Interestingly enough Chelsea’s recent cult hero Gianfranco Zola played under the management of Carlo Ancelotti whilst they were both in Italy. A 36 year old Carlo Ancelotti, (not much older at the time than current manager André Villas-Boas is now) had previously played under heralded Italian manager Aarigo Saachi who championed the formation 442. Ancelotti had learned the formation inside out and as a young manager, intent on using the formation he was familiar with, he also realised that it was a difficult fit for Maradona’s Napoli apprentice Gianfranco Zola and so rather than finding the best formation to incorporate all of Parma’s best players, he sold Gianfranco Zola and to Chelsea fittingly. Zola went on to have a glittering career at Chelsea and Ancelotti has since admitted that it was a mistake.
It is important we learn from our mistakes, Carlo Ancelotti went on to manage Juventus, Ancelotti secured Zinedine Zidane and managed to find a space for the mercurial wizard in central midfield, so the formation was not the problem, however, Carlo Ancelotti let another hugely talented star rot on the bench. Juventus had bought a player from Arsene Wengers’ Monaco side, his name is Thierry Henry, Henry endured a forgettable time in Italy under Carlo Ancelotti and once again he oversaw the sale of a frustrated talent to the Premier League, selling Thierry Henry back to Arsense Wenger at Arsenal football club. Ray Wilkins asked the Chelsea board to trust in Carlo Ancelotti, one Ancelotti who was against playing Daniel Sturridge, the same Daniel Sturridge who at one point this season had outscored all of the strikers Ancelotti had placed before him combined!
It is just not Carlo Ancelotti, Alan Pardew was the manager at relegation candidates West Ham when he was gifted two supposedly wonderfully gifted and sought after talents in Javier Mascherano and Carlos Tevez. After assessing their quality Alan Pardew deemed both not good enough in comparison to the other talent that he had at his disposal to aid West Ham with their relegation scrap. In time Alan Pardew finally gave in to giving Carlos Tevez a chance, since people largely believe that he single-handedly saved the club from being relegated that season. Why Tevez and Mascherano was not being used from the outset, given what they have shown in the mean time, is a question that puzzles many analysts.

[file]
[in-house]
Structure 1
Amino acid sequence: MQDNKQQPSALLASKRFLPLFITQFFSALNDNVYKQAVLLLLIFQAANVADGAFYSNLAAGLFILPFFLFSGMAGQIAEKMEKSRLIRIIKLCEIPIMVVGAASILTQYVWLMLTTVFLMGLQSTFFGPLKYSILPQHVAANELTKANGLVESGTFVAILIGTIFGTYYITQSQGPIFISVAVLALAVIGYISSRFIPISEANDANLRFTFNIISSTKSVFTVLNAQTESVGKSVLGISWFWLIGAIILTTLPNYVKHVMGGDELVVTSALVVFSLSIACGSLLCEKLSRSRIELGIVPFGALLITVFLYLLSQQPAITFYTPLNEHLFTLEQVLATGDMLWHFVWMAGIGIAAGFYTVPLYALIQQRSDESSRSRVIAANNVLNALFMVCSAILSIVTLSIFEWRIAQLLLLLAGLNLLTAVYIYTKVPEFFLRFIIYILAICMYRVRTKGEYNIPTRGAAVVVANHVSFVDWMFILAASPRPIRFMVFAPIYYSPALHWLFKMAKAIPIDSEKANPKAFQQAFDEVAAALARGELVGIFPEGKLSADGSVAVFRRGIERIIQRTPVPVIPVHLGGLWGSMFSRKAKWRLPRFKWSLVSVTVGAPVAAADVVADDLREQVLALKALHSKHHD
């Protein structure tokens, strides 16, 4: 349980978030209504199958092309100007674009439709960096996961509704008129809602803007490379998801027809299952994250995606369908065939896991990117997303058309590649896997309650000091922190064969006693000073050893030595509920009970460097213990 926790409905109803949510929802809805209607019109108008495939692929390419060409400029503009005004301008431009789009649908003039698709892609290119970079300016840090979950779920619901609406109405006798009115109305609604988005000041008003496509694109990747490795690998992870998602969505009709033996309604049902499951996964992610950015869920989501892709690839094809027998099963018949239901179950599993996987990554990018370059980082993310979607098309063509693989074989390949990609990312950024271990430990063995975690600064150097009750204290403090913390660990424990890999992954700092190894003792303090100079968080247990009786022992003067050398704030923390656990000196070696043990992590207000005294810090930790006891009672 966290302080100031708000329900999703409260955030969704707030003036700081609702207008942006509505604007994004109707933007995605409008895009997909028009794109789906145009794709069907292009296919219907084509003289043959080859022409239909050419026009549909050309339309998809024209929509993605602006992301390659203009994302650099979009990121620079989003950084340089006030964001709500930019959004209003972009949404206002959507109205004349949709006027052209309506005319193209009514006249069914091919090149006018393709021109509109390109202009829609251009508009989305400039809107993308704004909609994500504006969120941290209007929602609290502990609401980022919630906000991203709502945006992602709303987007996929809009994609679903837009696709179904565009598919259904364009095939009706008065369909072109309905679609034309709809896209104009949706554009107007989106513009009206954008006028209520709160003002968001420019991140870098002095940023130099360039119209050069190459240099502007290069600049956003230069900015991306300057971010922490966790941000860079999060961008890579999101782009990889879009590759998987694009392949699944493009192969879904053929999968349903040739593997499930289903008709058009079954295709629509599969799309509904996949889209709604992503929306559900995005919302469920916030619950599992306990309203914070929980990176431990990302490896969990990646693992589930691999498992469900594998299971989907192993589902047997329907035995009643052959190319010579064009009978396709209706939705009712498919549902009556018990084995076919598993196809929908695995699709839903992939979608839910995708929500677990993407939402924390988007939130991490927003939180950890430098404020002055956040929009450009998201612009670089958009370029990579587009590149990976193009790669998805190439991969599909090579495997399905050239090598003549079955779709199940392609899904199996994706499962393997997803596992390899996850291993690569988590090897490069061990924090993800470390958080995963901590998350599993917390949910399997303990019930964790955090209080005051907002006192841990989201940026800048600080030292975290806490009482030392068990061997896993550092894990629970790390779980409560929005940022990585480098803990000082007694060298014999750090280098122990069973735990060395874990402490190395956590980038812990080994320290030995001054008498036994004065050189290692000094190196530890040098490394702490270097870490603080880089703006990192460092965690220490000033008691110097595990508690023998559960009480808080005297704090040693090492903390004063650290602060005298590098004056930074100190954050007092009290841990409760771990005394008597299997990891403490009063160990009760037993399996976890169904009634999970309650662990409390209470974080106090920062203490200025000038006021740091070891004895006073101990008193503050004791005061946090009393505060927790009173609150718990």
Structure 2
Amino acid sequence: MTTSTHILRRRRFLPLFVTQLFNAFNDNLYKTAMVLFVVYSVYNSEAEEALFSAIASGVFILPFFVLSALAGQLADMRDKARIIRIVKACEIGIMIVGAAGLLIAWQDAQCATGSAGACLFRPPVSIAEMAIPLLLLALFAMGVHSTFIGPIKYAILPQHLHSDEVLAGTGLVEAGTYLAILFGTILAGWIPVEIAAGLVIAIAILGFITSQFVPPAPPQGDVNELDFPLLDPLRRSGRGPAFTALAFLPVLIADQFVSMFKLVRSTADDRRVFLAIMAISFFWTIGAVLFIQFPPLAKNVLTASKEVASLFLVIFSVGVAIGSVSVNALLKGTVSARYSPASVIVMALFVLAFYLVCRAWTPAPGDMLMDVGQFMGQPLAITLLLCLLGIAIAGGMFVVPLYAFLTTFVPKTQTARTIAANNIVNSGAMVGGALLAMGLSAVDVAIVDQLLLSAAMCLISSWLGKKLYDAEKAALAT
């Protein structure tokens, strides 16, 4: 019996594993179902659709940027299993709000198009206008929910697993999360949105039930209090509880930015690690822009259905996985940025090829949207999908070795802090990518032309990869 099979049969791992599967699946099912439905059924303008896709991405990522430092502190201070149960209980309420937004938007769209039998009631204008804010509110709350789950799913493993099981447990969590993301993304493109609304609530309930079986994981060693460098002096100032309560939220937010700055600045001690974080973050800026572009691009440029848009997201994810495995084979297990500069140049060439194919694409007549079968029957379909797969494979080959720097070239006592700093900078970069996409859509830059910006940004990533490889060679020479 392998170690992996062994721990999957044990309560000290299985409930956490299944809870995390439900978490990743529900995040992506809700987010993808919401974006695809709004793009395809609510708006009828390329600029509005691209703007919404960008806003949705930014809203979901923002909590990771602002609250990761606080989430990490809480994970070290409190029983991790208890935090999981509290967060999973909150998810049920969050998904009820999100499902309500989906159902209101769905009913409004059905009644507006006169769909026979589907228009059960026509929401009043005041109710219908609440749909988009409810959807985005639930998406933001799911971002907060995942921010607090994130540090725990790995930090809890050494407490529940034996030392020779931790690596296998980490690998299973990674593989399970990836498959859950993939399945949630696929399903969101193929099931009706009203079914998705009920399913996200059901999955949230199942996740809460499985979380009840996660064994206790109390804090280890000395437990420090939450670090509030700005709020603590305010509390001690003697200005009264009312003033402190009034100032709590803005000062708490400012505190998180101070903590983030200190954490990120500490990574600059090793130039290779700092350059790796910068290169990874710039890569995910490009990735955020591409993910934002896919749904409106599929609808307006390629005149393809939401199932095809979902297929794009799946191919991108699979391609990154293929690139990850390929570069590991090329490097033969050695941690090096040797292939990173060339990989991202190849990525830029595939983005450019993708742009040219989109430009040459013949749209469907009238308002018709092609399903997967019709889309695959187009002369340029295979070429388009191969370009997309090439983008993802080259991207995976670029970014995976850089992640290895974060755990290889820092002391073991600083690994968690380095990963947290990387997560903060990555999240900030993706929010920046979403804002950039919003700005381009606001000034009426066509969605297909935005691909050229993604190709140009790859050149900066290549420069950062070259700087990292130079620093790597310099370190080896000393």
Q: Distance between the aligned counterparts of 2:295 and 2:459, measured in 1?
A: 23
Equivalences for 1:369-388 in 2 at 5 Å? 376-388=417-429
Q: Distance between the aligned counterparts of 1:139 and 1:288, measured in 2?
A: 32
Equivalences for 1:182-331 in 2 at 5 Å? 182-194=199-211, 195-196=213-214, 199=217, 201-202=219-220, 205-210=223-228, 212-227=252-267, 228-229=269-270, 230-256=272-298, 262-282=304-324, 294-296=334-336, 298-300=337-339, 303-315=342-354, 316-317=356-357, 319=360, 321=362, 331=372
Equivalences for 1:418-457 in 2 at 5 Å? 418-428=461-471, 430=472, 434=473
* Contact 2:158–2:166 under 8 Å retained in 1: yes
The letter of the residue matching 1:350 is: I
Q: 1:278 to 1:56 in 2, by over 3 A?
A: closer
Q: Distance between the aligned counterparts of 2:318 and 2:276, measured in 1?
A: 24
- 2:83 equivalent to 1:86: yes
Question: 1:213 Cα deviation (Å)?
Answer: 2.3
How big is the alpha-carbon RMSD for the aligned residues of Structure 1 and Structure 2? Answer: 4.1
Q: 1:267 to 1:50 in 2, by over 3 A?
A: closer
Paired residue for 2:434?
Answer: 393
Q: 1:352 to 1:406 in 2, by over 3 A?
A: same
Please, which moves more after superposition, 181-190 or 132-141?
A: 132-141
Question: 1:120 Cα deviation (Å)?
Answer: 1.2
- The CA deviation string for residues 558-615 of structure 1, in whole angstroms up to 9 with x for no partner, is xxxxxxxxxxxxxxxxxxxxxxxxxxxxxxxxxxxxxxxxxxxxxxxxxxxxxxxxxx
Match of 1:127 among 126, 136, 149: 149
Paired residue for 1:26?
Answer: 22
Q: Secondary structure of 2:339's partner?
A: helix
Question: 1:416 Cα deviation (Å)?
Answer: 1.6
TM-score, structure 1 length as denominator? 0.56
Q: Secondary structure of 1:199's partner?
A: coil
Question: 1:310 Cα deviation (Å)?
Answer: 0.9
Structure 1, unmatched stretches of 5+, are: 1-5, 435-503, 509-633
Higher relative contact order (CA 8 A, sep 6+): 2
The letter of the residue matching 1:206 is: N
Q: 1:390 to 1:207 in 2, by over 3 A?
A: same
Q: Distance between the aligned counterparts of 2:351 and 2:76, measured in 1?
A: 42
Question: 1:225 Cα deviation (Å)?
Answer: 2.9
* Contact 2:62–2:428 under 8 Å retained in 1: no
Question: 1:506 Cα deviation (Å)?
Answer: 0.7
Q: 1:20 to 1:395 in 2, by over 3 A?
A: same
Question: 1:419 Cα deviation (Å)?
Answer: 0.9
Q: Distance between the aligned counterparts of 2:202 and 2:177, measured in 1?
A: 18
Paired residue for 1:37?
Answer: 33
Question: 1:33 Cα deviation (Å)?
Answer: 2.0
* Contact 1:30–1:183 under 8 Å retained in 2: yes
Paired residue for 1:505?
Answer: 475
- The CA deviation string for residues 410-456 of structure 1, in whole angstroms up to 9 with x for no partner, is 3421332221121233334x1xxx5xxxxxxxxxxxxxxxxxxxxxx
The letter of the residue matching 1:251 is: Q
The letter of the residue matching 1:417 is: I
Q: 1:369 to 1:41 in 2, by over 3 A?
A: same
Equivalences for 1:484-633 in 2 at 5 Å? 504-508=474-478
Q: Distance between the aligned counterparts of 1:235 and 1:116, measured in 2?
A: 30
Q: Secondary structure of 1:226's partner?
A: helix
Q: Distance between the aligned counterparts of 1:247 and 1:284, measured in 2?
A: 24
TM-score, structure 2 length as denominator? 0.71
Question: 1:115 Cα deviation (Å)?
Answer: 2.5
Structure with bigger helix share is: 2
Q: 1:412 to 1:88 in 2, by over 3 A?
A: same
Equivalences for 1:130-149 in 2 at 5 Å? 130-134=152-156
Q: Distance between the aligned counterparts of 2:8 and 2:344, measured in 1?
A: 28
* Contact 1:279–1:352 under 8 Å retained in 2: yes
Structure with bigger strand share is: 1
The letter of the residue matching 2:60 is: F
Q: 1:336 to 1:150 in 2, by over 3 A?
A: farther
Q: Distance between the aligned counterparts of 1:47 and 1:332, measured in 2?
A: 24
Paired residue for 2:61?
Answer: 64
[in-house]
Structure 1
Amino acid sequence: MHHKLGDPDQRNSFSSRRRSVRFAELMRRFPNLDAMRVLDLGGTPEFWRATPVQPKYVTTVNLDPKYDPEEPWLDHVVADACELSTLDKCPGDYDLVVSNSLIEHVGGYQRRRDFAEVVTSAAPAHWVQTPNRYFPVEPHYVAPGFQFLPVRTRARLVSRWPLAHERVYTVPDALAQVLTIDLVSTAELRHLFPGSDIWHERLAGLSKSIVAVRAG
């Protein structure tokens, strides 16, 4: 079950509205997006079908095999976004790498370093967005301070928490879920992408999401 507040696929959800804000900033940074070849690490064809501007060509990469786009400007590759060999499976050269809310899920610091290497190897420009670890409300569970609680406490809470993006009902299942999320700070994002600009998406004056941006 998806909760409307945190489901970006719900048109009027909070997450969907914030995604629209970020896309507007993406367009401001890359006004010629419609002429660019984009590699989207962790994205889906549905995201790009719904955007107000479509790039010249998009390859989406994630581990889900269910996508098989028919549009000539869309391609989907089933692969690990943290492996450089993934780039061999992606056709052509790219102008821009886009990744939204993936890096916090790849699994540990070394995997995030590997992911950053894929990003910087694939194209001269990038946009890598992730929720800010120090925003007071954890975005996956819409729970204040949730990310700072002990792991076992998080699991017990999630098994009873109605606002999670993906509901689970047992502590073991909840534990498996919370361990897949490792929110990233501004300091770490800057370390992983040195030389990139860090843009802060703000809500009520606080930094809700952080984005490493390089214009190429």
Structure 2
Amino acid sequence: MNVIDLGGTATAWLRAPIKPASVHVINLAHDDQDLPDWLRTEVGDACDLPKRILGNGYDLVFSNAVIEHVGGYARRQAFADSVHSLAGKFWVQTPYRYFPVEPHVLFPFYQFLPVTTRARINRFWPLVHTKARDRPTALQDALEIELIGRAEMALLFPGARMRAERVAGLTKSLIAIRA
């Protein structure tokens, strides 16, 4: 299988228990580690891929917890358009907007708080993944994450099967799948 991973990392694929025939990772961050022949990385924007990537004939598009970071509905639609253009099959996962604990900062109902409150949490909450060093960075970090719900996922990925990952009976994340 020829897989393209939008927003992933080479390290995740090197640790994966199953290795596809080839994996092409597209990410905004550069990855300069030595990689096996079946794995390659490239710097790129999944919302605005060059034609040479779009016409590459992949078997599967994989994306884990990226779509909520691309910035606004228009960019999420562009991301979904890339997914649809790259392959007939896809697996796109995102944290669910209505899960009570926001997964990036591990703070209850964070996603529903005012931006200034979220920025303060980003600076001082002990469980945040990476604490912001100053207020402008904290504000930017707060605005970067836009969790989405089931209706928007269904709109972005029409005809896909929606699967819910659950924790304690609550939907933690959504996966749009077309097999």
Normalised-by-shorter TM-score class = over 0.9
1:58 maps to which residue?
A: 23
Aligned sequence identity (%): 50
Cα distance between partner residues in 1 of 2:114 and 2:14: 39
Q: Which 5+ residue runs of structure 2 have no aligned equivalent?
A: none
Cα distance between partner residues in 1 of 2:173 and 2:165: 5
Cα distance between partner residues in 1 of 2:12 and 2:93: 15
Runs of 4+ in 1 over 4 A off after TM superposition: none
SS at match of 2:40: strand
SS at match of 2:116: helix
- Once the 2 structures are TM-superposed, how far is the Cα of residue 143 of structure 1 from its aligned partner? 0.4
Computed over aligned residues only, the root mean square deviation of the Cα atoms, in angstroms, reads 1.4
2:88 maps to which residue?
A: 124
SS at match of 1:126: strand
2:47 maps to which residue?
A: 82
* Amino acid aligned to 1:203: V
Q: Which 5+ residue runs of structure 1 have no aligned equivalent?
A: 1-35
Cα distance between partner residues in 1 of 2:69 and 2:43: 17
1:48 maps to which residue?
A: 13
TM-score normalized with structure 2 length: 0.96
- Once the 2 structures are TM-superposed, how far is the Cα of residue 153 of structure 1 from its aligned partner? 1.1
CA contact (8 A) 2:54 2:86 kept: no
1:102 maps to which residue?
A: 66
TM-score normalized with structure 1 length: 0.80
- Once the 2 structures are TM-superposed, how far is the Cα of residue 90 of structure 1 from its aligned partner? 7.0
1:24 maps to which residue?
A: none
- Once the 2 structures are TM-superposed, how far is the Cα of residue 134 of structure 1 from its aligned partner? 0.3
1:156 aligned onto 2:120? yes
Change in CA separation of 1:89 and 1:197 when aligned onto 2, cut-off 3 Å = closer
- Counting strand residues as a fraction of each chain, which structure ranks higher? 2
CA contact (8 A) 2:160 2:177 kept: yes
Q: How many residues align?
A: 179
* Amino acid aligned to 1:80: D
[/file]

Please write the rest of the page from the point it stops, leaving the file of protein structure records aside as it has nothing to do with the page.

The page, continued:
A talent that has all the worlds biggest club sitting up in their seats today is Gareth Bale, Bale was brought by Martin Jol from Southampton to Tottenham Hotspur, however unfortunately for Gareth, Martin Jol was sacked and Bale despite great performances had the unenviable “jinx” statistic, where Spurs for an amazing stretch did not pick up 3 points whenever he was in the starting line-up. Gareth Bale was dropped from the team and was resigned to the reserves for a significant period under the following manager Juande Ramos and also the incoming manager Harry Redknapp. It was only when Gareth Bale’s competition for his place, Benoit Assou-Ekotto suffered an injury that eventually allowed Gareth Bale came back into the fold, he has not looked back ever since. Another reject, Kevin Prince Boateng struggled to get a game under a succession of managers at Tottenham Hotspurs, yet today he finds himself being adored by Italian fans at AC Milan with his reputation better than ever.
Edgar Davids, Patrick Vieira there is a lengthy list of talents who have been under valued by a manager or managers, I urge football fans never to use a managers decision to decide the quality of a player. Managers make mistakes, they are in a high pressure job, many of them do not want to take risks and unproven talents represent a risk for them. One thing I strongly believe is that it is never a good idea to write off a player when he has not been given the platform to prove that they are still golden.